Majority of Indian adults ignore consent in a relationship: Tinder survey

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A recent survey by dating app Tinder revealed that the majority of young adults in India are unaware of the importance of taking consent from the partner they are in a relationship with. To promote the importance of taking permission and discourage one-sided decision-making, Tinder has relaunched its “Let’s Talk Consent” initiative for safe dating.

A disturbing investigation

The survey of more than 1,000 people (18-30) in Indian metropolises points to a worrying state, finding that more than 65% of respondents do not know how to ask, give or withdraw their consent when going out. with someone. The situation becomes precarious because the survey shows that half of them do not know what to do if their consent is violated.

When asked about situations where their consent has been violated, only one in four admitted to telling their partner about it and instead turning to a friend and seeking resources online, illustrating the need for ongoing dialogue on this topic.

Taru Kapoor, Managing Director of Tinder and Match Group, India, says, “In India it’s such a taboo that we don’t discuss intimacy, consent or how to manage a relationship. In today’s world it’s even more important because it’s online and offline, there is a problem of understanding and there are personal boundaries…lack of open communication is a big problem .

Increase in cases of abuse on social media platforms

People who turn to virtual medium have also seen cybercrimes increase exponentially and most of them are directed against women, which includes cyber blackmail, pornography, publication of obscene sexual material, cyber harassment and the creation of fake profiles. According to the recently released “Crime in India” report by the National Crime Records Bureau, cyber crimes increased in 2021 compared to previous years, representing a 28% increase in cases compared to those reported in 2019.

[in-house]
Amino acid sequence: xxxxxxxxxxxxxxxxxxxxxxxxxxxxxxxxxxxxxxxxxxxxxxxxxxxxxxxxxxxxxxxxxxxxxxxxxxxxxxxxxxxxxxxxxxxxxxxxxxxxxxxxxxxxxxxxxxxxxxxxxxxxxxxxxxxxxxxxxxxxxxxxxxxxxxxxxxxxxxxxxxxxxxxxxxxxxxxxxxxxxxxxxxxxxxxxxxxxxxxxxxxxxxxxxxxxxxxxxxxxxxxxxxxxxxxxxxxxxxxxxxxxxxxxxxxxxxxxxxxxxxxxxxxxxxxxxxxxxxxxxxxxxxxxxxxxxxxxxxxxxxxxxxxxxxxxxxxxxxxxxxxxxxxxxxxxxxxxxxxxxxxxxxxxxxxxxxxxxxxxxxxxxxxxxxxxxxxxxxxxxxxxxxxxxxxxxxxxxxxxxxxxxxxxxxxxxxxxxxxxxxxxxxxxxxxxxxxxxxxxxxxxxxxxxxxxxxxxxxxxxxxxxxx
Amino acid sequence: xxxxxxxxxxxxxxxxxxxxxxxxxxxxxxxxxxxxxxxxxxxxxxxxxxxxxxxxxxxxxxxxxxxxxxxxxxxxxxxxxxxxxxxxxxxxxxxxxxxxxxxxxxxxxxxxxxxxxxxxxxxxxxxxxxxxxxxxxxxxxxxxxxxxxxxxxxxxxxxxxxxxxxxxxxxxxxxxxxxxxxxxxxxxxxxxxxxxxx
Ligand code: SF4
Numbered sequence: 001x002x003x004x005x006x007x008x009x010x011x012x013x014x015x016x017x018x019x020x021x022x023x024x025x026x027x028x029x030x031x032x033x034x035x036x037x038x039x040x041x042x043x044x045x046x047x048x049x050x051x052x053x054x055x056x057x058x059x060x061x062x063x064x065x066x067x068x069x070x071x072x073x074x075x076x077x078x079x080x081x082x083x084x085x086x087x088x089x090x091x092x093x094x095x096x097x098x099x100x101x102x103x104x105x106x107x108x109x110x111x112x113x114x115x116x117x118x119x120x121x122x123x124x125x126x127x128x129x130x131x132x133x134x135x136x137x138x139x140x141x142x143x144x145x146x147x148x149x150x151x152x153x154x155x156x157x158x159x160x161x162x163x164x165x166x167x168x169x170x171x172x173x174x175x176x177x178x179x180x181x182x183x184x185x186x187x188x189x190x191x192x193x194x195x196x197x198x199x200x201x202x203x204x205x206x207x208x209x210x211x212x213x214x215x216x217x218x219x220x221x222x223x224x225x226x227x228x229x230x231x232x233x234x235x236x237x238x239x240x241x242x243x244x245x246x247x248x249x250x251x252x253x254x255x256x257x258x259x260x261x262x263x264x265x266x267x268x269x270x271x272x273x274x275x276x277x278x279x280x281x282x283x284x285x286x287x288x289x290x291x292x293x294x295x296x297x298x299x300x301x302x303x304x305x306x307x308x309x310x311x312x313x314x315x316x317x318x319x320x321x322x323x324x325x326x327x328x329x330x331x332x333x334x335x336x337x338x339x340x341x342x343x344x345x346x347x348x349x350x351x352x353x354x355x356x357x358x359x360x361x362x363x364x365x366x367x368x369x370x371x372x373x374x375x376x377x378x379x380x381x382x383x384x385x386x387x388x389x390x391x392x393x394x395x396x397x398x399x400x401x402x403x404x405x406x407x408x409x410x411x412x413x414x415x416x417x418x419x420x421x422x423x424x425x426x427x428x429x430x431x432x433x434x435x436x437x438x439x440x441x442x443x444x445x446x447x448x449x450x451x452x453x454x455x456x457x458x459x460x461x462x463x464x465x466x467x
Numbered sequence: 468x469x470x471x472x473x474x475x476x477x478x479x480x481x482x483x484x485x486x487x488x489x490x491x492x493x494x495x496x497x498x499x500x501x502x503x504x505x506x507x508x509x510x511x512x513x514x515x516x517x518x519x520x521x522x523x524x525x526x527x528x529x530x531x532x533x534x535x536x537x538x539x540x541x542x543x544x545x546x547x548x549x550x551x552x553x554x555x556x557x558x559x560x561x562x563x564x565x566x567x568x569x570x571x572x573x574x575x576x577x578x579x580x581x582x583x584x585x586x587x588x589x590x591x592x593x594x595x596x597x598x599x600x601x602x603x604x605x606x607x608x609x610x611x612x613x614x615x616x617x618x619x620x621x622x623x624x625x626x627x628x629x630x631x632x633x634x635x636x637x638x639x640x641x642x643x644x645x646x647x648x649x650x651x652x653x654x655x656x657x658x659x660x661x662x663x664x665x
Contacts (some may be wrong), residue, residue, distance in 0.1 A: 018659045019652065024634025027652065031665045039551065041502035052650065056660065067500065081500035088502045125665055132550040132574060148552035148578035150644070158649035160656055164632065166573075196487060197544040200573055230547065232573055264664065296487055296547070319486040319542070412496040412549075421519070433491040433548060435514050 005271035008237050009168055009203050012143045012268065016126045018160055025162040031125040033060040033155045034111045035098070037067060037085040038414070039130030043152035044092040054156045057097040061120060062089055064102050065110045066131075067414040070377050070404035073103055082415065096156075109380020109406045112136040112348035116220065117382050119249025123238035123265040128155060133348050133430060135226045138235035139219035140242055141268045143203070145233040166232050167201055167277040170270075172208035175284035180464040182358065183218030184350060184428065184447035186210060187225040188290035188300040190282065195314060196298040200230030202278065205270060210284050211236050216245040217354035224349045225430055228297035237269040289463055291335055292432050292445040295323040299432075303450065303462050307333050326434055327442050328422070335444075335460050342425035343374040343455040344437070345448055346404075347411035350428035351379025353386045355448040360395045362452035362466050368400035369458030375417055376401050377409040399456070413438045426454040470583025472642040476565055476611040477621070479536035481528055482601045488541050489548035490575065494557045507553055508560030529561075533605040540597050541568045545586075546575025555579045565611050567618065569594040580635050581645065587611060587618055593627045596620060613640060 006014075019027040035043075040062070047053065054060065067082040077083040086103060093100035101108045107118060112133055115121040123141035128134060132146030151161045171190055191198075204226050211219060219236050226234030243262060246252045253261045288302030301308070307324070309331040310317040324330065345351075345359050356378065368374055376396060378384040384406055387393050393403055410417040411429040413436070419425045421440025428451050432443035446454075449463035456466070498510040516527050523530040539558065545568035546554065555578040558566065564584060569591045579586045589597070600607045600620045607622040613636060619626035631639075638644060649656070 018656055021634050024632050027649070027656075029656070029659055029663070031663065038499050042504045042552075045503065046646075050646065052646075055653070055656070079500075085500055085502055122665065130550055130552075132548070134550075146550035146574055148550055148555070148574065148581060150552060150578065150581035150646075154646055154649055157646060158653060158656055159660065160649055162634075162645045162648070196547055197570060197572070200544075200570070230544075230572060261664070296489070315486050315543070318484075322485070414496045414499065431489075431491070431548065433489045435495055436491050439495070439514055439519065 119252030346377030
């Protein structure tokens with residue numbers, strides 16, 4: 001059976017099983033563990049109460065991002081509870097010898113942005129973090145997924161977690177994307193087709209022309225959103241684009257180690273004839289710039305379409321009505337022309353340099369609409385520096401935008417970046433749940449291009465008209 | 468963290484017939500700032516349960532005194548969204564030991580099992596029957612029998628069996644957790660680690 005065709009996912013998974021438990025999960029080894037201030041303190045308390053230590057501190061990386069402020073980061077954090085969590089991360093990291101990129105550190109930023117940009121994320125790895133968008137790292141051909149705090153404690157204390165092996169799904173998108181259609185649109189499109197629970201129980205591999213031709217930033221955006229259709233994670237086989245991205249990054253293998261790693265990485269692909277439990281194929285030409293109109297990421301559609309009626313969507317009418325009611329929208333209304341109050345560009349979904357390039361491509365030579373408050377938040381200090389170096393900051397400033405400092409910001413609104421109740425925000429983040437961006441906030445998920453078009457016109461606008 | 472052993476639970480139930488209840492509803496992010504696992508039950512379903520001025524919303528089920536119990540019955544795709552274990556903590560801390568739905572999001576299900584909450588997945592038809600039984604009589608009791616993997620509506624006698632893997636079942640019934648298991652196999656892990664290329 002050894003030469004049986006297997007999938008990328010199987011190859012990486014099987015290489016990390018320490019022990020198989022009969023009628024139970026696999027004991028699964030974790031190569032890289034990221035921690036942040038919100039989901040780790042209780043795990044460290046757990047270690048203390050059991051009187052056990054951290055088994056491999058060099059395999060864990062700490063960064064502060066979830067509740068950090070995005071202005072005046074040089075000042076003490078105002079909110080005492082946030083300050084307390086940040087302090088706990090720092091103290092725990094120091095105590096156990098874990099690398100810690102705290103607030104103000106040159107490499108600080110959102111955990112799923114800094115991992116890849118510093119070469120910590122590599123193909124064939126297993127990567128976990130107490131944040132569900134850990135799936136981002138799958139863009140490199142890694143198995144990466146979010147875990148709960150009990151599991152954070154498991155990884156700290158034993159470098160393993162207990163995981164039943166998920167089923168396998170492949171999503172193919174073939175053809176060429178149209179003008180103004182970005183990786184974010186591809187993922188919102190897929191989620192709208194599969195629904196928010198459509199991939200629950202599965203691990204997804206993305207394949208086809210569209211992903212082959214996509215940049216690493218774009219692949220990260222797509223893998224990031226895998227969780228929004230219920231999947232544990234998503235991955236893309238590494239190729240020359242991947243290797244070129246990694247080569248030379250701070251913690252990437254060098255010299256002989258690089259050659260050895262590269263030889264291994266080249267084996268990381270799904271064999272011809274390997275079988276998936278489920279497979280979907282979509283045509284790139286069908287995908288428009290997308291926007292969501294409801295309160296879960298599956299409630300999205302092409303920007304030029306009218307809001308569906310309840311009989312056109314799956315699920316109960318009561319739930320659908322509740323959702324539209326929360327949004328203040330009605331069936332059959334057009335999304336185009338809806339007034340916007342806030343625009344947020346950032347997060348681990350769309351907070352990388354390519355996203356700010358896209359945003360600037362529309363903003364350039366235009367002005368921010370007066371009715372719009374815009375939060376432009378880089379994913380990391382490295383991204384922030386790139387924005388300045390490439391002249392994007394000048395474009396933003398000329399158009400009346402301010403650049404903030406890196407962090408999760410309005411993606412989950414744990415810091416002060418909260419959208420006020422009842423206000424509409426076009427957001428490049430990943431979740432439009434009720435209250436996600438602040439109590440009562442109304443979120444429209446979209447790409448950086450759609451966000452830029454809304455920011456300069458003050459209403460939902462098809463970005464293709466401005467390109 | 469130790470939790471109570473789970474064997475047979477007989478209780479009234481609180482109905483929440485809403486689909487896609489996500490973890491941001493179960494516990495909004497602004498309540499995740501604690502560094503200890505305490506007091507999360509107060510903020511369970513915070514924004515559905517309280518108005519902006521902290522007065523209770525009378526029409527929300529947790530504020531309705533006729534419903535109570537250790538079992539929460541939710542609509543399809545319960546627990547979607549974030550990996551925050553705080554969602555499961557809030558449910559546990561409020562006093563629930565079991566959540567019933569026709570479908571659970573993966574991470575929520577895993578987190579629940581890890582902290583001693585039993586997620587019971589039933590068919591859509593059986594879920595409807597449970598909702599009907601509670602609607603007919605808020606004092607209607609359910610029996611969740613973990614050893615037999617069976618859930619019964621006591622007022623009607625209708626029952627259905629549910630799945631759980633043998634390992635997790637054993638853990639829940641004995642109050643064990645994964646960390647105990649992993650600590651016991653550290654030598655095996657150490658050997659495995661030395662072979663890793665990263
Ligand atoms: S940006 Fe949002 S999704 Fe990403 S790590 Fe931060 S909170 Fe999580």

Apart from awareness campaigns, this justifies the need for special features in the online platforms themselves to curb this worrying increase.

On this subject, Kapoor accepts that a lot of unsolicited attention is received by women and marginalized groups, but unlike other social media platforms, Tinder is an individual platform. “While we don’t have any functionality dealing specifically with the initiative as consent is not a feature, we do have a security feature called ‘my move’. I can come in and decide if I want to send a message as only female. If I enable the feature, the match can only become active if I send a message first. We want to give users choices. Tinder survey shows that 70% of men have difficulty communicating on consent, which can lead to uncomfortable experiences for their partners.

On the democratization of love

Dating apps are often criticized for not integrating the human essence into their product, and their algorithm is accused of possessing biases. The Tinder manager has dismissed the accusation of such bias or playing a role in determining who will be matched with whom. “The more you use Tinder, the more we learn what you like, what kind of people you swipe right on and so we’ll try to show you more of those people, that’s how the algorithm learns overtime,” Kapoor mentions. .

She says a bit of randomness is preserved which creates serendipity, but it is a mystery what creates chemistry and spark among humans. “We’re just facilitators so that the first ‘hey’ can happen, and then it’s human instinct that takes over.”

To garner support for the initiative on online platforms, Tinder made a short film titled “We need to talk”. They say this will be followed by a first-of-its-kind program on consent and safe dating, to give young adults access to appropriate information and a safe space to have healthy talk about consent.

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